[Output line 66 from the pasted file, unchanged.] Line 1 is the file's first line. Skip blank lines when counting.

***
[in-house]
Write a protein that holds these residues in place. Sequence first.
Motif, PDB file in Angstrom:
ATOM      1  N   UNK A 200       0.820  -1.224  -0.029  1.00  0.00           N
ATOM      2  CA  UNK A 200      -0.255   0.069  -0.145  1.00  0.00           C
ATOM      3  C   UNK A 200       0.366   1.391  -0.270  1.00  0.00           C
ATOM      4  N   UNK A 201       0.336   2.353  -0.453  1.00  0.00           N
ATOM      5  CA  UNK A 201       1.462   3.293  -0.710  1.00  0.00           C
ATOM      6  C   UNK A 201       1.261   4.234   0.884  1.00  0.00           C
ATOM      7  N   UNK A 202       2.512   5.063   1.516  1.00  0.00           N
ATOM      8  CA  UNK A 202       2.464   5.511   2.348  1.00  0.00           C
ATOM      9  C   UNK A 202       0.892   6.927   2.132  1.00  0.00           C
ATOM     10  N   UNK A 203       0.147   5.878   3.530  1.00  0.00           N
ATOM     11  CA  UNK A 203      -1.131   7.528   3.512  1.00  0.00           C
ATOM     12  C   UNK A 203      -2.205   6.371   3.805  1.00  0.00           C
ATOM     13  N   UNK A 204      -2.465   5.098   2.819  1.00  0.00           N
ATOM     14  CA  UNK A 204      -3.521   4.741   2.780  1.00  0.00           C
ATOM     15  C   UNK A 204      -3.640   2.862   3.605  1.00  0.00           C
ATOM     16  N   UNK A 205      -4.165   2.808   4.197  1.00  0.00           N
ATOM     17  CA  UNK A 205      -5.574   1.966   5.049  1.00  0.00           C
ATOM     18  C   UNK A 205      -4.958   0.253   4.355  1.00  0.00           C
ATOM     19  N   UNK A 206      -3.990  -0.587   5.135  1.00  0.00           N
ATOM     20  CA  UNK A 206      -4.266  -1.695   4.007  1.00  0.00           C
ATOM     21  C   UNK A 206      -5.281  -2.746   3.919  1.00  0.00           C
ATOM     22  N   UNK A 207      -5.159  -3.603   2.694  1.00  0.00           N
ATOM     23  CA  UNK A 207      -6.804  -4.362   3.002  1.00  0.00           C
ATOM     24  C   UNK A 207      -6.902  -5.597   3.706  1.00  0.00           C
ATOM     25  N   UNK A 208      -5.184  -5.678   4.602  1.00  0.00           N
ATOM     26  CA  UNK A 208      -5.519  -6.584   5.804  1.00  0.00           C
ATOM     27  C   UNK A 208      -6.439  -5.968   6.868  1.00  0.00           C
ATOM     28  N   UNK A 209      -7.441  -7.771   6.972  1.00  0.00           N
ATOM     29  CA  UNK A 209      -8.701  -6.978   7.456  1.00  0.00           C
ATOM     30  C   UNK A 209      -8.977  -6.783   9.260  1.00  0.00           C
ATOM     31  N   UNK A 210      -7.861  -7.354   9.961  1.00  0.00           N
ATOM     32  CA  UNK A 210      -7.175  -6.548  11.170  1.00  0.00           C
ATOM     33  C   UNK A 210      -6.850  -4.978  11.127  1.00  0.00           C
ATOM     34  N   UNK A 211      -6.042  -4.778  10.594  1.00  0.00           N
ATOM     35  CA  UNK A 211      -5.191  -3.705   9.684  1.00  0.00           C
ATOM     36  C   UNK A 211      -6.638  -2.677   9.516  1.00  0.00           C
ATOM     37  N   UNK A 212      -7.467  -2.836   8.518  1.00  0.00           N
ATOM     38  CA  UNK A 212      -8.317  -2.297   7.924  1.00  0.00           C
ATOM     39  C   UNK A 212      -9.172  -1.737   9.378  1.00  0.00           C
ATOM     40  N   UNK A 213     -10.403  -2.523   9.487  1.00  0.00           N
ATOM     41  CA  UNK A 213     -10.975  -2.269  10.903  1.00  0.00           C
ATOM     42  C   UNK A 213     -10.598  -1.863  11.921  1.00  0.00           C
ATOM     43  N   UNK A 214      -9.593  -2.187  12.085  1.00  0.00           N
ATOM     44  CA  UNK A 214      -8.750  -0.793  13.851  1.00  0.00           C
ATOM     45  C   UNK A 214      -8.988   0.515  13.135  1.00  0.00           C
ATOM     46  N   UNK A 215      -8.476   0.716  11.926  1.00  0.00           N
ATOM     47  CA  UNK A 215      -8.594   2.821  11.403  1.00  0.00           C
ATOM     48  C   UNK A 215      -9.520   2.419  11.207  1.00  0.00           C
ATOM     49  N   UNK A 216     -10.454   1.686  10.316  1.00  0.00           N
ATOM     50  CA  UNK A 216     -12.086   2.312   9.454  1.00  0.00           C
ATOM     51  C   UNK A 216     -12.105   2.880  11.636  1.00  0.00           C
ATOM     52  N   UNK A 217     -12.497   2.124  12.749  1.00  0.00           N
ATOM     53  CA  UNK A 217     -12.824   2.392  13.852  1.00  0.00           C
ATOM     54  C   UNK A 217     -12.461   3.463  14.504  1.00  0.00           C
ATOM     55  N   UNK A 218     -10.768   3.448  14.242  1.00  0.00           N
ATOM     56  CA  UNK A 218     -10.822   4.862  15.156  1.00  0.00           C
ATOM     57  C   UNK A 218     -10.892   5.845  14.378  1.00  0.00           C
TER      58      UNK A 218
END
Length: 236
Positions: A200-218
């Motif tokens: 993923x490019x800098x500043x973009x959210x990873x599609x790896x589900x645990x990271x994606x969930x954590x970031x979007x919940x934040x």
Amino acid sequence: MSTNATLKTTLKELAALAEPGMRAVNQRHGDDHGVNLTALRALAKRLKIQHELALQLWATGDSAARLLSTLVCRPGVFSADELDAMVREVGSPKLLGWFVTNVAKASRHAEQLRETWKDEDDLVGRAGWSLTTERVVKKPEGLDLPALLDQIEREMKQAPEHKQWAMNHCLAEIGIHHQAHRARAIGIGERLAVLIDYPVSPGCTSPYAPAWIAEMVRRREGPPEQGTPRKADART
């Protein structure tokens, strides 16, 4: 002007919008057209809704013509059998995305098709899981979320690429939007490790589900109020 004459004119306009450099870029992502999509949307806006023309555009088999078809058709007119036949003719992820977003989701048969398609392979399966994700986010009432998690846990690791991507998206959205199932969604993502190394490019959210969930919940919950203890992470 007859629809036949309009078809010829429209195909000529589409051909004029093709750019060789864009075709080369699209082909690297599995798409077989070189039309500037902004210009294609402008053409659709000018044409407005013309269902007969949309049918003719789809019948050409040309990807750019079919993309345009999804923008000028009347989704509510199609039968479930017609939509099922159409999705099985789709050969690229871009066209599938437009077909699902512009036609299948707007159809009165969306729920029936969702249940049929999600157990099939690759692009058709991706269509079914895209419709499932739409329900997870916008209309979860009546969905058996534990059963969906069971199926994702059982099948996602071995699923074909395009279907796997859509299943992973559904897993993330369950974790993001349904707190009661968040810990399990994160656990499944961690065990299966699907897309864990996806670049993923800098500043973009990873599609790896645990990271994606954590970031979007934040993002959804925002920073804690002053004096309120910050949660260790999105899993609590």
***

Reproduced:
Amino acid sequence: MSTNATLKTTLKELAALAEPGMRAVNQRHGDDHGVNLTALRALAKRLKIQHELALQLWATGDSAARLLSTLVCRPGVFSADELDAMVREVGSPKLLGWFVTNVAKASRHAEQLRETWKDEDDLVGRAGWSLTTERVVKKPEGLDLPALLDQIEREMKQAPEHKQWAMNHCLAEIGIHHQAHRARAIGIGERLAVLIDYPVSPGCTSPYAPAWIAEMVRRREGPPEQGTPRKADART